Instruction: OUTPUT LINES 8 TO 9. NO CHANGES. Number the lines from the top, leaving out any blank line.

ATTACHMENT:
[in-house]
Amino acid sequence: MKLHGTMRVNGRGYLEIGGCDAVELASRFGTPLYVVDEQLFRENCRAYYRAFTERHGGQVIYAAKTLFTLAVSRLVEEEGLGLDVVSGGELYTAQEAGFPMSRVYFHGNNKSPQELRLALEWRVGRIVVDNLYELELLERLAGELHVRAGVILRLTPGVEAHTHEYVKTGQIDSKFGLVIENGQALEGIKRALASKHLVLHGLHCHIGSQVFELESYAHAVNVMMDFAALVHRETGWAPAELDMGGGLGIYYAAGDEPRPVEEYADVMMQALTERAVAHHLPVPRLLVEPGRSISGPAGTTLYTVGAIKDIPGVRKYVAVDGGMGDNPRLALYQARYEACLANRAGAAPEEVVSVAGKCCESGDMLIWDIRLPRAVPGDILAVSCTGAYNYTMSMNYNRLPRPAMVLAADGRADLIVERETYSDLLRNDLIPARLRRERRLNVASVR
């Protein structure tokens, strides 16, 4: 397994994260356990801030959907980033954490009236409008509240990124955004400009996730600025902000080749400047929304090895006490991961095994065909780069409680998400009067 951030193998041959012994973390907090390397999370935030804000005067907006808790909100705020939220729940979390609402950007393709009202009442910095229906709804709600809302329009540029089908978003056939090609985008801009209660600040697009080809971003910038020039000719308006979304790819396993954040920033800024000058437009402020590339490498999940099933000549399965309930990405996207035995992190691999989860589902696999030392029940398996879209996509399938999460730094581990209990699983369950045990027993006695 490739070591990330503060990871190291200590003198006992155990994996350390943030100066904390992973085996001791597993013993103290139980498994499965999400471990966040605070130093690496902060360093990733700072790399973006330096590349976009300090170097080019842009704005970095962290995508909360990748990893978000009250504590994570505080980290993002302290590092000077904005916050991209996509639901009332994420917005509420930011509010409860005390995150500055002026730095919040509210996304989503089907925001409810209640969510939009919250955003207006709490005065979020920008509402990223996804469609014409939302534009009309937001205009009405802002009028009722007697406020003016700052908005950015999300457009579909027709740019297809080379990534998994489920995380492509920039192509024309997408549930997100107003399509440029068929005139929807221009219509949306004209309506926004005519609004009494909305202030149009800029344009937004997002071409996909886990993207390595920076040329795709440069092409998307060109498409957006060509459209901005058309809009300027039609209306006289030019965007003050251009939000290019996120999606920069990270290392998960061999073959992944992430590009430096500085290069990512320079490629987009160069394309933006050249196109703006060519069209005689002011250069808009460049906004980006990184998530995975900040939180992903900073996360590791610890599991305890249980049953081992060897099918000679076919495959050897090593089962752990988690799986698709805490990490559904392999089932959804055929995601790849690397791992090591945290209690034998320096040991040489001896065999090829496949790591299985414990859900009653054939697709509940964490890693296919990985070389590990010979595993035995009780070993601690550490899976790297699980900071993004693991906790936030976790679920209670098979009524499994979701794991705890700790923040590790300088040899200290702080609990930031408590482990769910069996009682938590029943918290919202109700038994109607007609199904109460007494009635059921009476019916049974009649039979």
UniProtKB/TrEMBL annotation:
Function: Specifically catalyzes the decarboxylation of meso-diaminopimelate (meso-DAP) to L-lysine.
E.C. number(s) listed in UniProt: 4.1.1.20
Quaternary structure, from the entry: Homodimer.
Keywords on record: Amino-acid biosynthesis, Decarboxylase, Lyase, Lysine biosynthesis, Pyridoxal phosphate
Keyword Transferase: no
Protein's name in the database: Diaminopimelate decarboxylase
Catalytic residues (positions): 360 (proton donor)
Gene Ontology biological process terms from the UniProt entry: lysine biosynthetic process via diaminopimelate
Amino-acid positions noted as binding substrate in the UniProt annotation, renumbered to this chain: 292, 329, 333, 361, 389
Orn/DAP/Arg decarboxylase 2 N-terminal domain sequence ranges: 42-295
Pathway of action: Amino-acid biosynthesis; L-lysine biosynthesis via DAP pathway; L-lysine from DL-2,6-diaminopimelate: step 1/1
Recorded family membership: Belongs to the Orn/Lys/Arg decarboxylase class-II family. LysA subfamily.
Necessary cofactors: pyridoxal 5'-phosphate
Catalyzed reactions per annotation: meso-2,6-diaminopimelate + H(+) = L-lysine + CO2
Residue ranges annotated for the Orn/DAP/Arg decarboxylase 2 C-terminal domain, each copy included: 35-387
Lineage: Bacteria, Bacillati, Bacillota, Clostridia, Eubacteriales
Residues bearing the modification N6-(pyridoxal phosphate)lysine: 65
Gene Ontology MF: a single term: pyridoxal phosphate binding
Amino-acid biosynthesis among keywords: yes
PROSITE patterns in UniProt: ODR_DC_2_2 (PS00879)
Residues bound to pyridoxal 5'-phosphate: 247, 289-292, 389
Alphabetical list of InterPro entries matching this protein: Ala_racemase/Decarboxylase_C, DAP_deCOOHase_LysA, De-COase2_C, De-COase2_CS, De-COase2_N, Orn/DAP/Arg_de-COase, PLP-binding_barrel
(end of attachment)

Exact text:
Keywords on record: Amino-acid biosynthesis, Decarboxylase, Lyase, Lysine biosynthesis, Pyridoxal phosphate
Keyword Transferase: no